Wednesday, September 26, 2012

Greek Government Income Isn't Making It

Greek English language newspaper ekathimerini publishes this today, on the same day that Athenians take to the streets in riots.

Firms Owe Billions in Taxes and Loans

The total amount owed by entrepreneurs and the self-employed to the state, social security funds and banks is 194 billion euros, just short of the country’s gross domestic product, according to data compiled by the National Confederation of Greek Commerce (ESEE).
Of that total, about 44 percent, or almost 85 billion euros, comprises overdue debts. This huge amount cannot simply be explained away by the economic crisis, but it is obvious that the dramatic drop in turnover, the rise in extraordinary taxes and reduced access to bank loans due to the dire financial situation have exacerbated the problem.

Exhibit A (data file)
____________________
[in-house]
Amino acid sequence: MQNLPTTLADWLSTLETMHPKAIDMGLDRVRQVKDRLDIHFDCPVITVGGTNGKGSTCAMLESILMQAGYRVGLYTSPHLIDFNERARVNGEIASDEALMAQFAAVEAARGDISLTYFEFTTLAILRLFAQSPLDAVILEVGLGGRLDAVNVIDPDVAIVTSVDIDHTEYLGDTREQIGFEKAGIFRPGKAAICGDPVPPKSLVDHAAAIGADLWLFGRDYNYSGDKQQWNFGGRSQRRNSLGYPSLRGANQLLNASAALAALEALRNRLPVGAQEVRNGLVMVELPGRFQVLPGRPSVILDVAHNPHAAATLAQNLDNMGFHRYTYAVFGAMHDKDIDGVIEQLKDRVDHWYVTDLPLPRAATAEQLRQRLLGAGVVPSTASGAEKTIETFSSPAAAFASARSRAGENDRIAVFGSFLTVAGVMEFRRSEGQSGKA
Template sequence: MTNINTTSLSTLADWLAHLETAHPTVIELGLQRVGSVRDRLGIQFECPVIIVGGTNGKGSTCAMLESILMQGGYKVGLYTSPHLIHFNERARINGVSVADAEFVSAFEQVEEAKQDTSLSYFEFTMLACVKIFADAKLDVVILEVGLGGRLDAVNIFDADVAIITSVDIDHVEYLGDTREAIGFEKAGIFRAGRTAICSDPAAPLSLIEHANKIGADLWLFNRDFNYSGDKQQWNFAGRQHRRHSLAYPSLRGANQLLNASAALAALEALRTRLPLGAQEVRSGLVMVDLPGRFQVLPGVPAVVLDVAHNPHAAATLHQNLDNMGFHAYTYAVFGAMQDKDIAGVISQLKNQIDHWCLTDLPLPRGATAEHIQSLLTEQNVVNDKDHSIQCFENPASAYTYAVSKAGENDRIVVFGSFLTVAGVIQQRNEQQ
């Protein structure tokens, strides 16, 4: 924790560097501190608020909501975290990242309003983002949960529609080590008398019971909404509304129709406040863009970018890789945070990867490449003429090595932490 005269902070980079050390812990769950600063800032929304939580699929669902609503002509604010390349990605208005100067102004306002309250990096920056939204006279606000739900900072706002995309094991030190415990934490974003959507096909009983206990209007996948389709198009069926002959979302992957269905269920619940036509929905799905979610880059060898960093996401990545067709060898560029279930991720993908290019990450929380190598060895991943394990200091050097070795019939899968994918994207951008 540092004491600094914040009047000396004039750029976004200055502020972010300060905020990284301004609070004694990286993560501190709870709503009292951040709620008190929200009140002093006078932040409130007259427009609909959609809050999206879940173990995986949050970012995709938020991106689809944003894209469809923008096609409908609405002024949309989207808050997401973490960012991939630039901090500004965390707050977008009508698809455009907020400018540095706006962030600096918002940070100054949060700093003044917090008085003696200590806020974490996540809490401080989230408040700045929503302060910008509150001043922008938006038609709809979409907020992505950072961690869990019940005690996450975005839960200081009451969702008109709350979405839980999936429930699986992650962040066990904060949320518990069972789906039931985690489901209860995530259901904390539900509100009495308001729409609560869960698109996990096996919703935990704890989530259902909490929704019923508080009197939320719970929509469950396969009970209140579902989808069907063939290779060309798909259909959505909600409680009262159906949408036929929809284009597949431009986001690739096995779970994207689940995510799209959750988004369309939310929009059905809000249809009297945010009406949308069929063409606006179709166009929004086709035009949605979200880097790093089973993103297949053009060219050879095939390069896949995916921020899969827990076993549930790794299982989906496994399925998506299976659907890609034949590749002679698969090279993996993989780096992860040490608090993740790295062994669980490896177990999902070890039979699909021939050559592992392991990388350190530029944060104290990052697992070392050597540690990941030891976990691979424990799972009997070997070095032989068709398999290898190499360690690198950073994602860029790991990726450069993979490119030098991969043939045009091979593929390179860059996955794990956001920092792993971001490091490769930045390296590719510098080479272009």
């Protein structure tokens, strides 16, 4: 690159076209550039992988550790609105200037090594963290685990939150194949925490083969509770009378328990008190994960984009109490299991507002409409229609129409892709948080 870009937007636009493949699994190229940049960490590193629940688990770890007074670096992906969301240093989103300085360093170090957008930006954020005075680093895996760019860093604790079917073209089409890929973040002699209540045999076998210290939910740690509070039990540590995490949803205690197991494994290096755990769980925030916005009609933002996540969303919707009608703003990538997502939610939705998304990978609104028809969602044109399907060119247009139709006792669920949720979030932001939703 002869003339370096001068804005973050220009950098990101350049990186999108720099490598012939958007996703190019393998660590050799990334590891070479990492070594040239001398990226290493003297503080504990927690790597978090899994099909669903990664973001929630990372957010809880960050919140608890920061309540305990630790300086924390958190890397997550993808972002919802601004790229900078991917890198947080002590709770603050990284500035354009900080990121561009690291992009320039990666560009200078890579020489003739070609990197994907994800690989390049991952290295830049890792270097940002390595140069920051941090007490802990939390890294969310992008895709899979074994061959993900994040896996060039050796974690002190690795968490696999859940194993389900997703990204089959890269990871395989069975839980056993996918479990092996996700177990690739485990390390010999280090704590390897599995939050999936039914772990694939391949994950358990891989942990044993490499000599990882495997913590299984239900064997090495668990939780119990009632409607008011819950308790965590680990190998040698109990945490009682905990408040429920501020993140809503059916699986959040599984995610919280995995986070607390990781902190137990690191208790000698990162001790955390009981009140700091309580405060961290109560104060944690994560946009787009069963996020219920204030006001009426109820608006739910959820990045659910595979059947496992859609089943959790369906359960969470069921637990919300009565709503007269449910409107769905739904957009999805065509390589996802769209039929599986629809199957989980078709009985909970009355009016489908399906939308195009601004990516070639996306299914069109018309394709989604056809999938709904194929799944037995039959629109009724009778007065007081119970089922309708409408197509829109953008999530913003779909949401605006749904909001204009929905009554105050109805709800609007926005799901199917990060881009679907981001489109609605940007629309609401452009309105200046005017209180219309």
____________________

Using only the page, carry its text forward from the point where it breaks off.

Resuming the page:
The ESEE data show that the total debt comprises 41.1 billion euros owed to the tax authorities, 4.3 billion euros to the fund for self-employed professionals, OAEE, and 11.5 billion euros to the Social Security Fund (IKA), while expired debts to banks come to 28 billion euros.
For 2012, the sum of the enterprises’ obligations is estimated at 104 billion euros, half of which concerns taxes due.

Police push protesters during a protest march marking a 24-hour general strike in Athens
UK Telegraph photo of Greek riot police pushing protestors in Athens.

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